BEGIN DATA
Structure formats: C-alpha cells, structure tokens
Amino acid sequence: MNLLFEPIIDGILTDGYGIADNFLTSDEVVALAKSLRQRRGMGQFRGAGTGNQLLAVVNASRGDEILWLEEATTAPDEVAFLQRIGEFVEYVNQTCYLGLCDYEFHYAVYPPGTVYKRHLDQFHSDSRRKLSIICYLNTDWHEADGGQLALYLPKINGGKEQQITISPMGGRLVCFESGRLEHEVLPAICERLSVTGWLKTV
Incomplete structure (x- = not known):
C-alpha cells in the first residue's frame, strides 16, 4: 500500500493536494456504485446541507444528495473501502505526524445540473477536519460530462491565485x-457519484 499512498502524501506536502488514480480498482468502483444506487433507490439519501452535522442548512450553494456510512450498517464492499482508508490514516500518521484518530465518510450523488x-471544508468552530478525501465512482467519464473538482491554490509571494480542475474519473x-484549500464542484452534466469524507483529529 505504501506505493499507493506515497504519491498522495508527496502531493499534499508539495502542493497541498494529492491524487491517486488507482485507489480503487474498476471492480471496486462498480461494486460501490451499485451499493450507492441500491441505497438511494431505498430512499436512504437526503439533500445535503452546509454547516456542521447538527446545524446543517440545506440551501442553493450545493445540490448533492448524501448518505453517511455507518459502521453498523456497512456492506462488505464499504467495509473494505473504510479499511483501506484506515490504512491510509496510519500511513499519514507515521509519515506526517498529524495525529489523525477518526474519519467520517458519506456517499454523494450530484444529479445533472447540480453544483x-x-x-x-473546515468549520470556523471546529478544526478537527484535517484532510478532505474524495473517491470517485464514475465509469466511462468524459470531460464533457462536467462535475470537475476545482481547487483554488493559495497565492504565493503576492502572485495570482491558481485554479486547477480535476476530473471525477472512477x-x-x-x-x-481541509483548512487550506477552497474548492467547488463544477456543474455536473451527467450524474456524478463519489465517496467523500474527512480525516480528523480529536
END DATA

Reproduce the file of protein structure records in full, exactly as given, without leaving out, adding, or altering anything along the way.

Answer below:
Structure formats: C-alpha cells, structure tokens
Amino acid sequence: MNLLFEPIIDGILTDGYGIADNFLTSDEVVALAKSLRQRRGMGQFRGAGTGNQLLAVVNASRGDEILWLEEATTAPDEVAFLQRIGEFVEYVNQTCYLGLCDYEFHYAVYPPGTVYKRHLDQFHSDSRRKLSIICYLNTDWHEADGGQLALYLPKINGGKEQQITISPMGGRLVCFESGRLEHEVLPAICERLSVTGWLKTV
Incomplete structure (x- = not known):
C-alpha cells in the first residue's frame, strides 16, 4: 500500500493536494456504485446541507444528495473501502505526524445540473477536519460530462491565485x-457519484 499512498502524501506536502488514480480498482468502483444506487433507490439519501452535522442548512450553494456510512450498517464492499482508508490514516500518521484518530465518510450523488x-471544508468552530478525501465512482467519464473538482491554490509571494480542475474519473x-484549500464542484452534466469524507483529529 505504501506505493499507493506515497504519491498522495508527496502531493499534499508539495502542493497541498494529492491524487491517486488507482485507489480503487474498476471492480471496486462498480461494486460501490451499485451499493450507492441500491441505497438511494431505498430512499436512504437526503439533500445535503452546509454547516456542521447538527446545524446543517440545506440551501442553493450545493445540490448533492448524501448518505453517511455507518459502521453498523456497512456492506462488505464499504467495509473494505473504510479499511483501506484506515490504512491510509496510519500511513499519514507515521509519515506526517498529524495525529489523525477518526474519519467520517458519506456517499454523494450530484444529479445533472447540480453544483x-x-x-x-473546515468549520470556523471546529478544526478537527484535517484532510478532505474524495473517491470517485464514475465509469466511462468524459470531460464533457462536467462535475470537475476545482481547487483554488493559495497565492504565493503576492502572485495570482491558481485554479486547477480535476476530473471525477472512477x-x-x-x-x-481541509483548512487550506477552497474548492467547488463544477456543474455536473451527467450524474456524478463519489465517496467523500474527512480525516480528523480529536